In State Farm Mutual Automobile Insurance Co. v. Snyder, 122 Ga.App. 584, 178 S.E. 2d 215 (1970), a mother was injured while riding as a guest in an automobile driven by her daughter. The vehicle was owned by the daughter's husband, and he was the named insured on the liability policy. At the time of the accident, the mother lived with her daughter 4 and her husband under the same roof in a one family home owned by the husband. The ground floor contained a living room, dining room, den, bedroom, kitchen and bath, while the second floor consisted of two rooms, furnished and used exclusively by the mother. Except for the kitchen and bathroom, none of the parties shared any other portion of the residence. The record also revealed the parties had separate domestic arrangements including separate utensils and stoves in the kitchen, and time sharing on a washing machine. The parties purchased their own groceries and household supplies and separately prepared and ate their meals. The mother was employed full time and paid $15.00 a week as rent. The Georgia court, based upon this factual scenario, concluded the mother was not a member of her daughter's household, within the context of the policy. The court stated: "The critical distinction when a relative of the insured is injured should . . . be whether separate domestic establishments are maintained. 'A common roof is not the controlling element.' 12 Couch on Insurance, 2d 495, § 45.520. It is rather a Conclusion based on the aggregate details of the living arrangements of the parties." Id. 178 S.E. 2d at 217.
5 These decisions support the principle that ". . . 'one who, though related and living in the same home, maintains a separate apartment therein and divides the expense of maintenance' is not a member of the same household as an insured who resides there.
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6C Appleman, Insurance Law and Practice (Buckley ed.) § 4411." Donegal Mut. Ins. Co. v. State Farm, supra, 546 A.2d at 1216.
The court recognizes these precedents from foreign jurisdictions all construe the term "household" in the context of extending coverage under automobile liability policies. Consequently, a broad and liberal view is to be taken of the coverage extended. Here, however, the clause in dispute is one of exclusion or exception designed to proscribe protection. Accordingly, a strict interpretation is to be applied. Mazzilli, supra, 35 N.J. at 8, 170 A.2d 800. The application of this maxim requires the court to interpret "household" as employed in the Caldwell policy, to provide coverage, rather than defeat it.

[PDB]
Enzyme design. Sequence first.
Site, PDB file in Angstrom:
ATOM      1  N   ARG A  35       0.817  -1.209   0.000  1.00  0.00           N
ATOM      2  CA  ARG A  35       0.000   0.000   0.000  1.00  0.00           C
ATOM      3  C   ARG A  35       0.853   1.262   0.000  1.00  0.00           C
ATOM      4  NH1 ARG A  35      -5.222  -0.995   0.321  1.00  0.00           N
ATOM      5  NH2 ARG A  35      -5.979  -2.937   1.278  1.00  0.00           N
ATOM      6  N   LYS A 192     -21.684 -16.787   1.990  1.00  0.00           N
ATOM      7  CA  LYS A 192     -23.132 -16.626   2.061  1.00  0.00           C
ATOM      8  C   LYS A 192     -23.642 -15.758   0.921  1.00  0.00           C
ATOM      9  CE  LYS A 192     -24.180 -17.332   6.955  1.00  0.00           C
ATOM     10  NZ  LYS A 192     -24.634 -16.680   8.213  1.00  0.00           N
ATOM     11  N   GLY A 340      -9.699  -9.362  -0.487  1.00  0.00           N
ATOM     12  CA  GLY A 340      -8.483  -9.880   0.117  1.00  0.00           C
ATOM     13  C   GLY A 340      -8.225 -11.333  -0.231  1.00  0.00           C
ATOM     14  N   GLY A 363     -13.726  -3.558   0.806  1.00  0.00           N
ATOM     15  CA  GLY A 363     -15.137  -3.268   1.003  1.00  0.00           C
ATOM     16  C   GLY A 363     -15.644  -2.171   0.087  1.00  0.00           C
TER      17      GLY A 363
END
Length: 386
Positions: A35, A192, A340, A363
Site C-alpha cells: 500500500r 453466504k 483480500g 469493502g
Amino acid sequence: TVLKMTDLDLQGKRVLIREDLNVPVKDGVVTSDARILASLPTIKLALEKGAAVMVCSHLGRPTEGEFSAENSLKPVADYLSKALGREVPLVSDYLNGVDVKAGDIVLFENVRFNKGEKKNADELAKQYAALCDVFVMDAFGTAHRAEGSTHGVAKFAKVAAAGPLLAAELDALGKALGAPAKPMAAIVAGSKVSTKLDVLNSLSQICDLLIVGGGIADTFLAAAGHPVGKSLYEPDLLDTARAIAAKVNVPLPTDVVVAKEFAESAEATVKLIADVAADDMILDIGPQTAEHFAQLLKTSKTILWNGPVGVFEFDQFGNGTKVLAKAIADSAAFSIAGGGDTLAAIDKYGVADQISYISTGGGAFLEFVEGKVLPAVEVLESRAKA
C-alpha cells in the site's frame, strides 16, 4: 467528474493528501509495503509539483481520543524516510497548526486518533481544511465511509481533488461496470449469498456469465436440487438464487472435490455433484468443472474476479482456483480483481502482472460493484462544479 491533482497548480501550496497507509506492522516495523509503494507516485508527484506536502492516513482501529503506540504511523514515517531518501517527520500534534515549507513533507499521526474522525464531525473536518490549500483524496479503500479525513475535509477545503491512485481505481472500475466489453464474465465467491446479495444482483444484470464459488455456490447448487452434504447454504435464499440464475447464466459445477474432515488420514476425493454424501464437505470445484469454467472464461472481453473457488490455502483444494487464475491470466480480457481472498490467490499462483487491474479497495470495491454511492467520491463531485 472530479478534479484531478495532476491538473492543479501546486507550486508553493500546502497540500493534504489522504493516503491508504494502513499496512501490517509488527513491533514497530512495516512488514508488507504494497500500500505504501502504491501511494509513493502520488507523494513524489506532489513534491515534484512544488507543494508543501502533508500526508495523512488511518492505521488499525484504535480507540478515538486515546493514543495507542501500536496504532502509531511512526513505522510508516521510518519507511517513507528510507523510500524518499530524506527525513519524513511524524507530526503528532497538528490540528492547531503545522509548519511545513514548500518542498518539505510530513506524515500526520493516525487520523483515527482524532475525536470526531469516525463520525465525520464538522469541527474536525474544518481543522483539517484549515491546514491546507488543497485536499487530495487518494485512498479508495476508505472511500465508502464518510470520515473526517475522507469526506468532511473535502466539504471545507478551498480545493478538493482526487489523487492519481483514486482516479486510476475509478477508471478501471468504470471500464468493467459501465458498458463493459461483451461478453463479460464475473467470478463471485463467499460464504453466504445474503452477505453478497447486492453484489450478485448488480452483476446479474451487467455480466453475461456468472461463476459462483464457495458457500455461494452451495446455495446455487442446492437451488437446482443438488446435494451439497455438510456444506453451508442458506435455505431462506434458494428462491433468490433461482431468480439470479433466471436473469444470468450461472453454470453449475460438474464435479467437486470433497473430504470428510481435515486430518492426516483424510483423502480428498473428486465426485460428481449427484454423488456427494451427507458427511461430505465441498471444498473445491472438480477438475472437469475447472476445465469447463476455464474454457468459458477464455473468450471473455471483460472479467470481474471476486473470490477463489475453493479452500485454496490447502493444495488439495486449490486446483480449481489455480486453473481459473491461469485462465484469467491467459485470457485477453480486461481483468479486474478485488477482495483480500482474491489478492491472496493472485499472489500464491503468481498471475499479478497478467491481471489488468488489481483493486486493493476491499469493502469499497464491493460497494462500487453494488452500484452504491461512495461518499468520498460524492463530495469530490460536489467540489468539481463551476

Accordingly, under the exclusion found in Section 2(f) of the policy, the mere residence of a relative in the 6 home of an insured, as a matter of law, does not constitute the relative a member of the insured's household. It must be demonstrated that the parties established a familial relationship and enjoyed at least some significant prerogatives of family life including the sharing of companionship and some degree of joint domesticity.
Absent from the record developed at this stage of the proceedings are essential details of the relationship between the defendants. For example, the court is left to speculate whether they purchased food and household goods jointly or separately, allocated homemaking and housekeeping responsibilities and dined together or independently. Also unanswered is whether their living arrangements were temporary or permanent, the rent charged was at fair market value, and what additional arrangements may have been made respecting utilities. Unresolved at this point is whether arrangements were purely economic or broader, encompassing shared companionship as well as living facilities.
Whether these two sisters shared sufficient prerogatives of family life so as to constitute a single social unit, thus recognizing
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them as a household, cannot be determined from this record. 7 The full depth and breadth of the relationship formed by the confluence of their lives awaits further discovery.
Also unresolvable at this juncture is the applicability and construction of endorsement HO-70. Plaintiff has submitted an affidavit from its underwriting manager, offering a Conclusion that the endorsement is applicable only to the Godwin Avenue property. The court finds such Conclusionary statements to be an insufficient basis upon which to make a determination as to the proper construction to be given endorsement HO-70.
As noted, the matter is before the court by way of plaintiff's motion for summary judgment pursuant to R. 4:46-1. The standards for the granting of summary judgment are set forth in R. 4:46-2. The rule provides: "The judgment or order sought shall be rendered forthwith if the pleadings, depositions, answers to interrogatories and admissions on file, together with the affidavits, if any, show that there is no genuine issue as to any material fact challenged that the moving party is entitled to a judgment or order as a matter of law." See also Judson v. Peoples Bank and Trust Co. of Westfield, 17 N.J. 67, 73-75, 110 A.2d 24 (1954). 8 Accordingly, the record in this case being insufficient to preclude the existence of genuine issues of material fact, plaintiff's motion for summary judgment against defendants is denied.